Invitation to the Table

A year or so ago our church invited Nikki Lerner, a culture coach, diversity teacher, and amazing musician, to talk to our staff and worship team.  She spent the day talking to our staff members about multiculturalism in the church and that evening, some of our worship team gathered together to hear her speak about multiculturalism in worship.

I was a part of the team that gathered that evening.  We started off in a small conference room, sitting around a table and eating desserts.  There weren’t enough chairs around the table so when I saw Nikki and some other leaders enter the room, I got up and stood so she could take my seat.

Later after a beautiful, holy moment of worship, Nikki laughed ironically about how she had been talking to the staff all day about how churches often stick to the majority race and don’t cater to other cultures. Then she showed up this evening and there literally wasn’t a seat at the table for her.

Table 082316Without thinking I said, “I got up so you could have my chair.” To which she replied, “I didn’t see you.”

I regretted immediately saying anything.  I talk a lot, but I usually don’t want to bring any attention to myself.  I ruminate over things I say for days.  My heart still pounds when I think about the last post I wrote on racism. Can I use the word black in that context? Was I not considerate enough of other people’s feelings?  Who am I to say these things or make these assumptions or to stand up for things I don’t understand?

No one.  I’m no one.  But I’m not going to wait until I understand everything and live perfectly before I start standing with my black friends and family.

I learned a valuable lesson that night.

Imagine you were in a room full of people.  There is one empty seat at the table and 10 people standing around waiting for a seat, but you were the only one in the room of your race, or gender, or religion.  It is likely that you wouldn’t take that last seat unless someone offered it to you, right?  I wouldn’t.  I probably would still decline after an invitation. But that’s me.

Leaving an empty chair at a table full of white people is not enough.  It’s time that we, as white people extend an invitation to our friends of color.  Invite people in the minority to the table.

Being kind is not enough.  The one thing that will change the world between races is relationship.  (<– Click this.)

 

 

When I saw him from afar, I thought he was a monster.

When he got closer, I thought he was just an animal.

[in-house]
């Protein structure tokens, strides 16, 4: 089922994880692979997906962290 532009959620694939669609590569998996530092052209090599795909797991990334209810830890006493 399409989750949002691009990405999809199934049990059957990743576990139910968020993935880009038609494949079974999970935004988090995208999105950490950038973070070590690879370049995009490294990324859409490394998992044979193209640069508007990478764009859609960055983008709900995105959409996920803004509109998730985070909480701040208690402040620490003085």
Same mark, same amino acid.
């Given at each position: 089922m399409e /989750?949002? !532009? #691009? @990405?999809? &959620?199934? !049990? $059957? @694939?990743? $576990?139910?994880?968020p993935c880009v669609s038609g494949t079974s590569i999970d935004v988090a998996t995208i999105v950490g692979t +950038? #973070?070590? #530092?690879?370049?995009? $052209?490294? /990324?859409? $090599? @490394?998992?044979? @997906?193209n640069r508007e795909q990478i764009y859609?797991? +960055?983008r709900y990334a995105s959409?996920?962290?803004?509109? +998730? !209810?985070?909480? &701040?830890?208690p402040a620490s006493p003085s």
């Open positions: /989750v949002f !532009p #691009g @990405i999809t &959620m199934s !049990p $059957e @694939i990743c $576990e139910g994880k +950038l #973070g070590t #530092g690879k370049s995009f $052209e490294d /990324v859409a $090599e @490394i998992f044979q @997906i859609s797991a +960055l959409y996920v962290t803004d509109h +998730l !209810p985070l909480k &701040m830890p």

When he got closer, I recognized that he was a human.

When we were face to face, I realized that he was my brother.

-African Proverb

 

All Season Long

Christmas season is officially upon us. We are less than a month away. My Christmas shopping is mostly done. Each year I seem to take on a huge DIY project. This year is no different, but hopefully will take less time.

I’m always doing my best to slow down and take in every moment of the Christmas Season. I want to savor every moment of joy with my family, every second of magic and wonder surrounded by twinkling lights and glorious scents.

Christmas has always been filled with magic for me. Magic isn’t the right word. Not hocus pocus illusions, but wonder and awe and…

I think our speaker this weekend at church gave me the word for it.  It’s indescribable.

Ben mentioned that the word we translate as “indescribable” was used only once in the Bible.  It’s in 2 Corinthians 9 that Paul gives thanks for the indescribable gift of grace which comes through Jesus.

When the God of the universe became human… there just aren’t words to describe that event.

Why God chose to send his Son to die, so that we could live… the whole act is just… indescribable.

That’s Christmas for me.  I can tell you about the warmth I feel in the glow of twinkling lights.  I can tell you about the joy I experience when I see the delight in my boys’ faces.  I can tell you about the contentment I receive when I’m surrounded by family and friends in a number of get togethers that will happen in the next month.

But the whole of the Christmas Season; the magic of it all, is just indescribable.

So Ben reminded us to soak it up.  Chew our food, savor each moment, and enjoy it.

Christmas is busy.  Things have to get done.  Houses need to be cleaned and decorated, gifts need to be bought, wrapped, and given.  For me, savoring the moment means I’m going to view my favorite things about this season through the lens of the indescribable gift of Jesus.

When I’m decorating my tree with my boys this afternoon, I’m going to thank God for the gift that they are to me.  I’m going to remember how Mary, Jesus’ own mother, sat back, took in the moments she shared with her baby boy, and cherished them in her heart forever.

When I’m thoroughly enjoying baking Christmas cookies in my kitchen, I’m going to slow down and savor the moments.  I’m going to thank God for his provision.  Not only does he give me my daily bread, but sugar and butter as well.

As I shop for, wrap, and exchange gifts this year I’m going to remember the gifts that were given to a little boy that would foreshadow the reason he came to this earth.  And the ultimate gift that was given to me because of his life, death, and resurrection.

I am dearly loved.  And so are you.  And I’m going to bask in the light of that thought all season long.